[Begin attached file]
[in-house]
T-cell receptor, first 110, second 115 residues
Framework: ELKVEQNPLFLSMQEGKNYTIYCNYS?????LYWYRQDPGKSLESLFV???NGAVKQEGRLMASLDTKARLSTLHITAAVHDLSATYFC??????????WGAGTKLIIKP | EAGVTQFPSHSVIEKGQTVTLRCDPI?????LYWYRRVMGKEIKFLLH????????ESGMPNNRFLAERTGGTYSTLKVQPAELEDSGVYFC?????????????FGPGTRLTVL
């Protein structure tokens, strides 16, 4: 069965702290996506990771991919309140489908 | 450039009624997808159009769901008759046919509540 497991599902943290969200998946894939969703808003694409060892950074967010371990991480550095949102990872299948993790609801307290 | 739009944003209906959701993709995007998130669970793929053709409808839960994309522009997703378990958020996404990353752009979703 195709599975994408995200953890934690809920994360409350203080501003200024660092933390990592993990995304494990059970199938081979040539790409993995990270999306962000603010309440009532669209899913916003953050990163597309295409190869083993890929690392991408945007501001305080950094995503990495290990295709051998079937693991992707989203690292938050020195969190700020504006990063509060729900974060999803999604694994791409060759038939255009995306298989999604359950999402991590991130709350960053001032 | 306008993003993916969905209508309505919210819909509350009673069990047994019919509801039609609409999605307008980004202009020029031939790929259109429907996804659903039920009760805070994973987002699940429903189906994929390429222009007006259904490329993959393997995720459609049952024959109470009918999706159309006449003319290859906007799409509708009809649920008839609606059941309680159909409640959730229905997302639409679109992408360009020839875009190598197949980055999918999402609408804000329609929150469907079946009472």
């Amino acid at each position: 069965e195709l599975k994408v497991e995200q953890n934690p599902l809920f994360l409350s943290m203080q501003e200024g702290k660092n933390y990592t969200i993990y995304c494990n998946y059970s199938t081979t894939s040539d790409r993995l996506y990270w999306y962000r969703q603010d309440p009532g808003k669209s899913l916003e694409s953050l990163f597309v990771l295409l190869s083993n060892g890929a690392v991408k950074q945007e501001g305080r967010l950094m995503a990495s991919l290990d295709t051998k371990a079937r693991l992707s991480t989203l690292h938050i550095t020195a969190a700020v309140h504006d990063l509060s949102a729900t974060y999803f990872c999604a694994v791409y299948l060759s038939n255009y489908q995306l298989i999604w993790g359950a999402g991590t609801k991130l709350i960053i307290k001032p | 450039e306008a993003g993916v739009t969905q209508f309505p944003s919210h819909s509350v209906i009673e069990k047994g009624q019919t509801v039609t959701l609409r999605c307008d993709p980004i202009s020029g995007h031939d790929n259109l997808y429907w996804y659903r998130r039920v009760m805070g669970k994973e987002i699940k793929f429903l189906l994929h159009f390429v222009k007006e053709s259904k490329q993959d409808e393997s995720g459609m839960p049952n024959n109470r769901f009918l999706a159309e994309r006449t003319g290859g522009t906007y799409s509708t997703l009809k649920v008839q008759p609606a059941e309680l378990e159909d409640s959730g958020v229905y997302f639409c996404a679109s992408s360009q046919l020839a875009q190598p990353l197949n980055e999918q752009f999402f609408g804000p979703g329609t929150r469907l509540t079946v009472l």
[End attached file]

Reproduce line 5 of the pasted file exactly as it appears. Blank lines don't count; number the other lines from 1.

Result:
């Amino acid at each position: 069965e195709l599975k994408v497991e995200q953890n934690p599902l809920f994360l409350s943290m203080q501003e200024g702290k660092n933390y990592t969200i993990y995304c494990n998946y059970s199938t081979t894939s040539d790409r993995l996506y990270w999306y962000r969703q603010d309440p009532g808003k669209s899913l916003e694409s953050l990163f597309v990771l295409l190869s083993n060892g890929a690392v991408k950074q945007e501001g305080r967010l950094m995503a990495s991919l290990d295709t051998k371990a079937r693991l992707s991480t989203l690292h938050i550095t020195a969190a700020v309140h504006d990063l509060s949102a729900t974060y999803f990872c999604a694994v791409y299948l060759s038939n255009y489908q995306l298989i999604w993790g359950a999402g991590t609801k991130l709350i960053i307290k001032p | 450039e306008a993003g993916v739009t969905q209508f309505p944003s919210h819909s509350v209906i009673e069990k047994g009624q019919t509801v039609t959701l609409r999605c307008d993709p980004i202009s020029g995007h031939d790929n259109l997808y429907w996804y659903r998130r039920v009760m805070g669970k994973e987002i699940k793929f429903l189906l994929h159009f390429v222009k007006e053709s259904k490329q993959d409808e393997s995720g459609m839960p049952n024959n109470r769901f009918l999706a159309e994309r006449t003319g290859g522009t906007y799409s509708t997703l009809k649920v008839q008759p609606a059941e309680l378990e159909d409640s959730g958020v229905y997302f639409c996404a679109s992408s360009q046919l020839a875009q190598p990353l197949n980055e999918q752009f999402f609408g804000p979703g329609t929150r469907l509540t079946v009472l």